We met up for breakfast the next morning. And that was the beginning of a friendship that lasted many years. He became the father I never had.
Did you ever discuss Jewish identity with Joe?
Oh my, yes!
My mother invited Joe DiMaggio for Shabbat dinner. His favorite food was chicken, and Joe liked my mom. When I began to sing the Kiddush he looked at me and said, “Boy I didn’t know you’re so religious.” I said, “Joe, I’m not. I’m traditional, I went to yeshivah and I know Hebrew.”
I saved the wine cup he drank from, and mine, two wooden cups, and hired an artist to paint his Hebrew name, Yosef (for Joseph), and my Hebrew name, Moshe, on each of them.
Joe DiMaggio went to bar mitzvahs. I even have a picture of him wearing a yarmulke at my daughter’s wedding (1992). He was a real mensch and had no prejudices.
How do you imagine he’d react seeing his name on Chabad’s building?
I know Joe is looking down and saying, “Morris, you did the right thing.” He would be so proud. If this rabbi came up to him, he would have said yes. His best friends in life were Jewish. He felt comfortable around Jewish people. He loved the Jewish people.
Joe loved children. So when I see a child celebrating his bar mitzvah at the Joe DiMaggio Chabad Social Hall, I know that they’ll keep that invitation forever. No other synagogue will ever bear the license “Joe DiMaggio Social Hall.”
Is it fair to say that you have become more involved in Yiddishkeit in recent years?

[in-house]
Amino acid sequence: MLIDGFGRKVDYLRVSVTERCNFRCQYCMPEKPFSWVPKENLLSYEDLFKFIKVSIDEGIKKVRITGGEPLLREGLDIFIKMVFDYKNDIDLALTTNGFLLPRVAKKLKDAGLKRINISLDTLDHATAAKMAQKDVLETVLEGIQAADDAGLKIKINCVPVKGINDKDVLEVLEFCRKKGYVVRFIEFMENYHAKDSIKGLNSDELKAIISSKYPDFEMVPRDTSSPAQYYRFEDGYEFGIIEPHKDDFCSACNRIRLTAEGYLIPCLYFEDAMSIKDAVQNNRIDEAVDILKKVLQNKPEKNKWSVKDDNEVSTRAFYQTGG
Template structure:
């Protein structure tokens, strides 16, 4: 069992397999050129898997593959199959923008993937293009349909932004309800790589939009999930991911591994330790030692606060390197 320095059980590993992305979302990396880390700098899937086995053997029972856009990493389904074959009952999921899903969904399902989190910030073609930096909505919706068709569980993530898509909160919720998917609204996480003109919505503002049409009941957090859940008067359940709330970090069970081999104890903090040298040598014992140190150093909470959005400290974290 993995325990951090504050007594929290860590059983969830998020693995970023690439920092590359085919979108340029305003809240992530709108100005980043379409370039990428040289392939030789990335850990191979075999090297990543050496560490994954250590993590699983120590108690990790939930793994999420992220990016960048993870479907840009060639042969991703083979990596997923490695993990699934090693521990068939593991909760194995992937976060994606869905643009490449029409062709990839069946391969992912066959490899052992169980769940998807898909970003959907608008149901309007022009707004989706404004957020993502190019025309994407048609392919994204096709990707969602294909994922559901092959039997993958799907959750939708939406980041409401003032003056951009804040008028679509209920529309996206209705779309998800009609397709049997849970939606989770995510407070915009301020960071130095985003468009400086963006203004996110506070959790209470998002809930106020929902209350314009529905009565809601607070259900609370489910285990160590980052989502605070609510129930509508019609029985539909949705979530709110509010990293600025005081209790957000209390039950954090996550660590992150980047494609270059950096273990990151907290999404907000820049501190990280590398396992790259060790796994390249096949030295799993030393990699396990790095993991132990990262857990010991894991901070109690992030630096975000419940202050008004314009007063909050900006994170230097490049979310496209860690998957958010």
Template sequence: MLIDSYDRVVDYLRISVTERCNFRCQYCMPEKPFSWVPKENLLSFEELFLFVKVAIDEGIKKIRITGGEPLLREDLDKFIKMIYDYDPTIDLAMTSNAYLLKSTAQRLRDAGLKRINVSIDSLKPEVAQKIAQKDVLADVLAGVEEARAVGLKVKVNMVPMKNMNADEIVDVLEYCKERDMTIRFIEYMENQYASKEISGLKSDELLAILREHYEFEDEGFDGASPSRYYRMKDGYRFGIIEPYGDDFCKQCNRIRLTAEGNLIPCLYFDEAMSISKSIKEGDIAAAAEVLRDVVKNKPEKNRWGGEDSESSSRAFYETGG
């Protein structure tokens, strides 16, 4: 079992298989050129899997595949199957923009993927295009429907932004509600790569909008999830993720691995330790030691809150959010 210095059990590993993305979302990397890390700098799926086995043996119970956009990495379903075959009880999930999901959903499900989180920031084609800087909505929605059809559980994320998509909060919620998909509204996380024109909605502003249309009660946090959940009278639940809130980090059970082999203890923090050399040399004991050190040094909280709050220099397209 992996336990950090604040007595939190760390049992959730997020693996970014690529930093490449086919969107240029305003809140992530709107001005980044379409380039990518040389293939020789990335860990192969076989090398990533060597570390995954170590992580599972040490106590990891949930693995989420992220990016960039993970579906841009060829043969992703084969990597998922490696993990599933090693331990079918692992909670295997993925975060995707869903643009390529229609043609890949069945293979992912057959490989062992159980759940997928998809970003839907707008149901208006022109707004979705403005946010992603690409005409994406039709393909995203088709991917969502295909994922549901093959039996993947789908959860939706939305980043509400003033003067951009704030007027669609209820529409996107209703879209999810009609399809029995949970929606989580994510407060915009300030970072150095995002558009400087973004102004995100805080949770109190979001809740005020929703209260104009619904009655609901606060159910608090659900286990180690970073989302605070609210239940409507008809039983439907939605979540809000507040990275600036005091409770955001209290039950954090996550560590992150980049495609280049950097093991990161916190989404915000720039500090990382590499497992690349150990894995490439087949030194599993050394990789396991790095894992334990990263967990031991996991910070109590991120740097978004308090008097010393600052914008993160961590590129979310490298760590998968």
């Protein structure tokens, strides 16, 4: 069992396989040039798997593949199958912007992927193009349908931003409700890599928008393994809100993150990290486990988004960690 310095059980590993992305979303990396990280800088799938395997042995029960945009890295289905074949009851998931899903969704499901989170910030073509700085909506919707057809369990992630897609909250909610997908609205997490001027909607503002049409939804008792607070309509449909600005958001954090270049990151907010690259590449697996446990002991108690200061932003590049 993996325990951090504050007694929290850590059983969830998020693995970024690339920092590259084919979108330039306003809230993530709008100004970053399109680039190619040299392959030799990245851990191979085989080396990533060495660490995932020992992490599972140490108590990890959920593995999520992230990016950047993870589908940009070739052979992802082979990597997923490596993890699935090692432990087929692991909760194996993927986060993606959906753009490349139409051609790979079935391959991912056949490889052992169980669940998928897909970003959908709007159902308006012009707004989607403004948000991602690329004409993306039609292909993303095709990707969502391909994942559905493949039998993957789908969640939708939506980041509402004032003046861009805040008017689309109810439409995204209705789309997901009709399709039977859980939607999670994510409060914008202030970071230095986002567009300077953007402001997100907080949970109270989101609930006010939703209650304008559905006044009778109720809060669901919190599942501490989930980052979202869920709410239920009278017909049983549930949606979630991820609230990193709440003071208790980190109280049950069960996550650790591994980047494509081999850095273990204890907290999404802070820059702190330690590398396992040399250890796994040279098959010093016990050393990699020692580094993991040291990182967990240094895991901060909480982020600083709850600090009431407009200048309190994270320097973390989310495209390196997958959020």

From the day I was born, my love for Judaism was at 100 percent, but I would rate my prayers at fifty percent. After meeting Rabbi Bronstein it increased to 100 percent. But it wasn’t just the prayers. Prayers are prayers. It was the community he created.
I watch him. At Friday night dinners he comes out dancing and singing. He has this energy and love for Judaism. He’s a cantor also, and I love to sing. I sing the prayers.
I put on tefillin for the first time in sixty years. And I now get called up to the Torah. I wasn’t allowed to be called up where I was raised, because we couldn’t afford the expected donation. But if I kept track of my aliyahs since my bar mitzvah, I would now have 571 under my belt.
Rabbi Bronstein changed my life. He brought me back to who I was.
What’s his secret?
This rabbi didn’t just create a temple, he created a family. It’s a different kind of camaraderie. Every Friday night, a full-course dinner is served to all the congregants at no charge. When I sponsor it, I bring in first cut meats and all of my friends come.
They are also beginning a Hebrew reading course soon.
I think this is great. You walk in and you just feel good. There are people I know, friends of mine, that are very active in the Jewish non-profit world. They give money to the Federation, but they don’t read Hebrew. The success is in the little things as much as it’s in the big ones.
This article was featured in Lubavitch International, Summer 2019. To order your copy, visit www.lubavitch.com/subscription